Updated at 2:10 p.m. ET
Six men long detained at Guantanamo Bay – four Syrians, one Tunisian and one Palestinian – were transferred this morning to Uruguay in a deal forged by the White House to reduce the inmate population at the controversial prison, which President Obama has promised to close.
The New York Times says the move represents "the largest single group of inmates to depart the wartime prison in Cuba since 2009, and the first of the detainees to be resettled in South America. "
The U.S. government announced the release of the six, who have been held at Guanatamo for the past 12 years.
The Pentagon said it "transferred custody" of three other Pakistani detainees held in Afghanistan, to Islamabad.
"This followed consultations between the United States and Pakistan and after receiving appropriate assurance, the headquarters of U.S. Forces in Afghanistan said in a statement. "The Government of the Islamic Republic of Afghanistan was not involved in this transfer."
Pakistani Taliban chief Latif Mehsud was one of the three, sources said.
The Associated Press says:
"All were detained as suspected militants with ties to al-Qaeda in 2002 but were never charged. They had been cleared for release since 2009 but could not be sent home and the U.S. struggled to find countries willing to take them.
"Uruguayan President Jose Mujica agreed to accept the men as a humanitarian gesture and said they would be given help getting established in a country with a small Muslim population."
"Differences over the pace of such transfers, said one U.S. official, added to friction between Defense Secretary Chuck Hagel and Obama's inner circle, culminating in Hagel's resignation last month.
"The release of the six was put off again in August when Uruguay became concerned about domestic political risks in the run-up to its October presidential election. But outgoing President Jose Mujica then pressed ahead with the transfer."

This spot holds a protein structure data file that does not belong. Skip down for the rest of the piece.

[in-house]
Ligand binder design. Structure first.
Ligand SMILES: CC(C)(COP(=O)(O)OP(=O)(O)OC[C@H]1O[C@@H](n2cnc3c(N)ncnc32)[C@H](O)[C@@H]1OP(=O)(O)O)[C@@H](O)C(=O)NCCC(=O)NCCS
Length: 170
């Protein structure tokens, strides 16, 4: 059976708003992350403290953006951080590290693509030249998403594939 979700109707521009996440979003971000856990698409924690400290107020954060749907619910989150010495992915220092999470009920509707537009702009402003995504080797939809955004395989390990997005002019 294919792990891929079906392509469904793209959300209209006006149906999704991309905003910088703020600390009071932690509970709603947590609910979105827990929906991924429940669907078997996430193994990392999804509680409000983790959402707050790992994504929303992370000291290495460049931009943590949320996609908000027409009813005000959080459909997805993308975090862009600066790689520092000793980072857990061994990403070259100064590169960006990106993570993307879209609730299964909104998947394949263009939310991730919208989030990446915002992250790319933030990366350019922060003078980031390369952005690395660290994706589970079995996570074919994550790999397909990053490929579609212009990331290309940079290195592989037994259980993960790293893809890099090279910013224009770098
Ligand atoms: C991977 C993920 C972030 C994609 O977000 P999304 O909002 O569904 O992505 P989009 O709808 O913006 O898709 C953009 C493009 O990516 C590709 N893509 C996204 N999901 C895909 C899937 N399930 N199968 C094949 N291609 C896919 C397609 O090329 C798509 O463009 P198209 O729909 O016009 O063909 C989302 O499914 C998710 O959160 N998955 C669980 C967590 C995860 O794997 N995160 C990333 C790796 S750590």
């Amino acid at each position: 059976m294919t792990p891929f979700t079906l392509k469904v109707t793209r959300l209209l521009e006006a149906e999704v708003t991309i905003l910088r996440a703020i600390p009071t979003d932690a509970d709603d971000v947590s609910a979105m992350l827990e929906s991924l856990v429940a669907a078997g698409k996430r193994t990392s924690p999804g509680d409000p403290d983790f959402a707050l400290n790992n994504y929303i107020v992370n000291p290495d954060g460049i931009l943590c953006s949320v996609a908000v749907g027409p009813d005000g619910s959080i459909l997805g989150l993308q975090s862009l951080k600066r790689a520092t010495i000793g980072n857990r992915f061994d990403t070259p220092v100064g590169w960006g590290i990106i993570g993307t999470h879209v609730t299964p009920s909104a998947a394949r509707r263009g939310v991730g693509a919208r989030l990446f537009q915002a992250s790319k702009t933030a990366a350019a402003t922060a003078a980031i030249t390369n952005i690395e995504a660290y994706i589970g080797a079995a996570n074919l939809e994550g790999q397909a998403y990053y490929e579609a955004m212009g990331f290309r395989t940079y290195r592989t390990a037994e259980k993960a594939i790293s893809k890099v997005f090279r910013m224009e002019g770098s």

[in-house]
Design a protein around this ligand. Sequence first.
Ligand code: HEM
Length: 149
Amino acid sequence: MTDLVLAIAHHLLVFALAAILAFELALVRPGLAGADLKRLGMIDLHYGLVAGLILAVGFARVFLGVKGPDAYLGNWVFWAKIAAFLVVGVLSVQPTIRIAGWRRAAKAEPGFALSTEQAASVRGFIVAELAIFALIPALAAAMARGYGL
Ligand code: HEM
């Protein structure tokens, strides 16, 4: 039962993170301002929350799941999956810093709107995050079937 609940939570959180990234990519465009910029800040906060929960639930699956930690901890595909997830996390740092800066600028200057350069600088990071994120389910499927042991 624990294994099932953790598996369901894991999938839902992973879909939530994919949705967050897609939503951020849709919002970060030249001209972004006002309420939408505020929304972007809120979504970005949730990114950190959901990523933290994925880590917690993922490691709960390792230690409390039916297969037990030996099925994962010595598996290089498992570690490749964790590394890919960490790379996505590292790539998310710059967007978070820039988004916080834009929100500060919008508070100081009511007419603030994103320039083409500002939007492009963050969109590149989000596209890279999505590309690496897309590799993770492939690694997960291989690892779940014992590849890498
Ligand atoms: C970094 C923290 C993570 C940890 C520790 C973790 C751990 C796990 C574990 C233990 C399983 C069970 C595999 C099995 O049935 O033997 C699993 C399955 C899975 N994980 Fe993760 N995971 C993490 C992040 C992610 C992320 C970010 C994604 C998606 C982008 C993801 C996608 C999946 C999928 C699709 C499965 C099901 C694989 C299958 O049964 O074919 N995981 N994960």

According to the Times:
"The transfer included [Abu Wa'el Dhiab, a 43-year-old Syrian] who has been on a prolonged hunger strike to protest his indefinite detention without trial, and who has brought a high-profile lawsuit to challenge the military's procedures for force-feeding him. His release may moot most of that case, although a dispute over whether videotapes of the procedure must be disclosed to the public is expected to continue.
"The transfer was also notable because the deal has been publicly known since it was finalized last spring. Significantly, however, bureaucratic delays by Secretary of Defense Chuck Hagel in signing off on the arrangement placed it in jeopardy. Mr. Hagel's slow pace this year in approving proposed transfers of low-level detainees contributed to larger tensions with the White House before his resignation under pressure last month."
The AP says the U.S. has transferred 19 prisoners from Guantanamo this year, all but two of them within the past month. With the release of the six today, the prison still holds some 136 detainees, according to AP, while the Times says the number is 137.